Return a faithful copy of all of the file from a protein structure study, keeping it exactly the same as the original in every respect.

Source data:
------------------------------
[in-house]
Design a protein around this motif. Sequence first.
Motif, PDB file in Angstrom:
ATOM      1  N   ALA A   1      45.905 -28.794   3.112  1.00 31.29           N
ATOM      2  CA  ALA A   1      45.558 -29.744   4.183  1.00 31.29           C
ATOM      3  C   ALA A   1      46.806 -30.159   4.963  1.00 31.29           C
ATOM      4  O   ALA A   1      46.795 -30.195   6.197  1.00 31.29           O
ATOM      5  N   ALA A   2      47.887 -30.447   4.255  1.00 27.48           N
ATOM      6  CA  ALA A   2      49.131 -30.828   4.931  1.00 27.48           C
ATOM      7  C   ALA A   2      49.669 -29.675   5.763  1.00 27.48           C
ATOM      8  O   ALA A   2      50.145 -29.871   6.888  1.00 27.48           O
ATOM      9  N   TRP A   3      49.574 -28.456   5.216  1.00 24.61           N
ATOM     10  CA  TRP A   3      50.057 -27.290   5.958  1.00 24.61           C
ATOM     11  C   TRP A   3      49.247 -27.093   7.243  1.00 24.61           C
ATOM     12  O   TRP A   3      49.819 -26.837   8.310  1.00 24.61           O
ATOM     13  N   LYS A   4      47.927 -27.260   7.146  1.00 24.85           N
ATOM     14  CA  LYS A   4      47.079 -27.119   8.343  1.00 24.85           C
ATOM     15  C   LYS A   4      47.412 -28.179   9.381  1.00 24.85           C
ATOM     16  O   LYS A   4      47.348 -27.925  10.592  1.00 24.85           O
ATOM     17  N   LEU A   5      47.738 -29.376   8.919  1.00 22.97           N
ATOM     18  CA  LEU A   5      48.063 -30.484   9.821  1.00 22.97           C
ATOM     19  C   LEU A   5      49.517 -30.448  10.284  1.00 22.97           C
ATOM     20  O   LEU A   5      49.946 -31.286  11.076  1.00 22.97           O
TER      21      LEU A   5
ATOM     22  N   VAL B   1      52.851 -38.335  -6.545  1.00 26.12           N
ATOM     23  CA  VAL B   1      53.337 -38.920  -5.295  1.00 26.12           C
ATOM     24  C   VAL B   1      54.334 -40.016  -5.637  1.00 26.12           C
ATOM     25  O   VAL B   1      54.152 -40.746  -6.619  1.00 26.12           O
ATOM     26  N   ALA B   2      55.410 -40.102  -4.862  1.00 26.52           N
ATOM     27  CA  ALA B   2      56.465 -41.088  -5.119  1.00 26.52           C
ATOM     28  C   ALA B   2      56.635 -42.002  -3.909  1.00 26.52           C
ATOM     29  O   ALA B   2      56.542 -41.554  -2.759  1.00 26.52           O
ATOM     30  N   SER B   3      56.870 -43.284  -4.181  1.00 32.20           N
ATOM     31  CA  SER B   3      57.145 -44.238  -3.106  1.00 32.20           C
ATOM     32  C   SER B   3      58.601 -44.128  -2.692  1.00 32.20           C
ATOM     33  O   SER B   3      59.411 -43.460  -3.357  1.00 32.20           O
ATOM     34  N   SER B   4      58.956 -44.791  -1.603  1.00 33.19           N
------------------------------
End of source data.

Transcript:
[in-house]
Design a protein around this motif. Sequence first.
Motif, PDB file in Angstrom:
ATOM      1  N   ALA A   1      45.905 -28.794   3.112  1.00 31.29           N
ATOM      2  CA  ALA A   1      45.558 -29.744   4.183  1.00 31.29           C
ATOM      3  C   ALA A   1      46.806 -30.159   4.963  1.00 31.29           C
ATOM      4  O   ALA A   1      46.795 -30.195   6.197  1.00 31.29           O
ATOM      5  N   ALA A   2      47.887 -30.447   4.255  1.00 27.48           N
ATOM      6  CA  ALA A   2      49.131 -30.828   4.931  1.00 27.48           C
ATOM      7  C   ALA A   2      49.669 -29.675   5.763  1.00 27.48           C
ATOM      8  O   ALA A   2      50.145 -29.871   6.888  1.00 27.48           O
ATOM      9  N   TRP A   3      49.574 -28.456   5.216  1.00 24.61           N
ATOM     10  CA  TRP A   3      50.057 -27.290   5.958  1.00 24.61           C
ATOM     11  C   TRP A   3      49.247 -27.093   7.243  1.00 24.61           C
ATOM     12  O   TRP A   3      49.819 -26.837   8.310  1.00 24.61           O
ATOM     13  N   LYS A   4      47.927 -27.260   7.146  1.00 24.85           N
ATOM     14  CA  LYS A   4      47.079 -27.119   8.343  1.00 24.85           C
ATOM     15  C   LYS A   4      47.412 -28.179   9.381  1.00 24.85           C
ATOM     16  O   LYS A   4      47.348 -27.925  10.592  1.00 24.85           O
ATOM     17  N   LEU A   5      47.738 -29.376   8.919  1.00 22.97           N
ATOM     18  CA  LEU A   5      48.063 -30.484   9.821  1.00 22.97           C
ATOM     19  C   LEU A   5      49.517 -30.448  10.284  1.00 22.97           C
ATOM     20  O   LEU A   5      49.946 -31.286  11.076  1.00 22.97           O
TER      21      LEU A   5
ATOM     22  N   VAL B   1      52.851 -38.335  -6.545  1.00 26.12           N
ATOM     23  CA  VAL B   1      53.337 -38.920  -5.295  1.00 26.12           C
ATOM     24  C   VAL B   1      54.334 -40.016  -5.637  1.00 26.12           C
ATOM     25  O   VAL B   1      54.152 -40.746  -6.619  1.00 26.12           O
ATOM     26  N   ALA B   2      55.410 -40.102  -4.862  1.00 26.52           N
ATOM     27  CA  ALA B   2      56.465 -41.088  -5.119  1.00 26.52           C
ATOM     28  C   ALA B   2      56.635 -42.002  -3.909  1.00 26.52           C
ATOM     29  O   ALA B   2      56.542 -41.554  -2.759  1.00 26.52           O
ATOM     30  N   SER B   3      56.870 -43.284  -4.181  1.00 32.20           N
ATOM     31  CA  SER B   3      57.145 -44.238  -3.106  1.00 32.20           C
ATOM     32  C   SER B   3      58.601 -44.128  -2.692  1.00 32.20           C
ATOM     33  O   SER B   3      59.411 -43.460  -3.357  1.00 32.20           O
ATOM     34  N   SER B   4      58.956 -44.791  -1.603  1.00 33.19           N